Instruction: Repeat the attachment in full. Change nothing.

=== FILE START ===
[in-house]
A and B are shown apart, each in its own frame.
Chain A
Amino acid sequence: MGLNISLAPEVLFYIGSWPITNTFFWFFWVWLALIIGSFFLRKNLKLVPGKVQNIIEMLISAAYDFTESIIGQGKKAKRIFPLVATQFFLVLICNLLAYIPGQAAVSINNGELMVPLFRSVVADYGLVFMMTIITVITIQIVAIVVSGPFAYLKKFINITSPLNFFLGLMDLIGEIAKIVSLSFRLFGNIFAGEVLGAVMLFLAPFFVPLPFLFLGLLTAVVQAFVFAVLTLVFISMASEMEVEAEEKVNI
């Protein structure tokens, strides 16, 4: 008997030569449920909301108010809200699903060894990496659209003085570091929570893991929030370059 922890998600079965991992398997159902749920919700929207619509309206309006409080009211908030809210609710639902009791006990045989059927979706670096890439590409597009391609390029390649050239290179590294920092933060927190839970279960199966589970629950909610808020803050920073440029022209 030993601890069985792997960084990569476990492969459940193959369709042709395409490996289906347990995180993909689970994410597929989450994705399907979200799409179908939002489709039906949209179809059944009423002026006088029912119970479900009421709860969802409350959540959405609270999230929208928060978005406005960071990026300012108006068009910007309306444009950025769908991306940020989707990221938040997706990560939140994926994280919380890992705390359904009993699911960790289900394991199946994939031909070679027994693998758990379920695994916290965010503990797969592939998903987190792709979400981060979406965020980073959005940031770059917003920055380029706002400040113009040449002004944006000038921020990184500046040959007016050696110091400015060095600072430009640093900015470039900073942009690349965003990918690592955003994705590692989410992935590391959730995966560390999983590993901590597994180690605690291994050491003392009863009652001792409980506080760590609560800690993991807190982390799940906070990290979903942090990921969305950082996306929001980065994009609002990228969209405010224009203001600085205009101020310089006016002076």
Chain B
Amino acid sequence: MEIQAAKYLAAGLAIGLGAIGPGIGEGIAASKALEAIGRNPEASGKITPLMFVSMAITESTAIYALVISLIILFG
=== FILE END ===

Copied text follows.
[in-house]
A and B are shown apart, each in its own frame.
Chain A
Amino acid sequence: MGLNISLAPEVLFYIGSWPITNTFFWFFWVWLALIIGSFFLRKNLKLVPGKVQNIIEMLISAAYDFTESIIGQGKKAKRIFPLVATQFFLVLICNLLAYIPGQAAVSINNGELMVPLFRSVVADYGLVFMMTIITVITIQIVAIVVSGPFAYLKKFINITSPLNFFLGLMDLIGEIAKIVSLSFRLFGNIFAGEVLGAVMLFLAPFFVPLPFLFLGLLTAVVQAFVFAVLTLVFISMASEMEVEAEEKVNI
């Protein structure tokens, strides 16, 4: 008997030569449920909301108010809200699903060894990496659209003085570091929570893991929030370059 922890998600079965991992398997159902749920919700929207619509309206309006409080009211908030809210609710639902009791006990045989059927979706670096890439590409597009391609390029390649050239290179590294920092933060927190839970279960199966589970629950909610808020803050920073440029022209 030993601890069985792997960084990569476990492969459940193959369709042709395409490996289906347990995180993909689970994410597929989450994705399907979200799409179908939002489709039906949209179809059944009423002026006088029912119970479900009421709860969802409350959540959405609270999230929208928060978005406005960071990026300012108006068009910007309306444009950025769908991306940020989707990221938040997706990560939140994926994280919380890992705390359904009993699911960790289900394991199946994939031909070679027994693998758990379920695994916290965010503990797969592939998903987190792709979400981060979406965020980073959005940031770059917003920055380029706002400040113009040449002004944006000038921020990184500046040959007016050696110091400015060095600072430009640093900015470039900073942009690349965003990918690592955003994705590692989410992935590391959730995966560390999983590993901590597994180690605690291994050491003392009863009652001792409980506080760590609560800690993991807190982390799940906070990290979903942090990921969305950082996306929001980065994009609002990228969209405010224009203001600085205009101020310089006016002076």
Chain B
Amino acid sequence: MEIQAAKYLAAGLAIGLGAIGPGIGEGIAASKALEAIGRNPEASGKITPLMFVSMAITESTAIYALVISLIILFG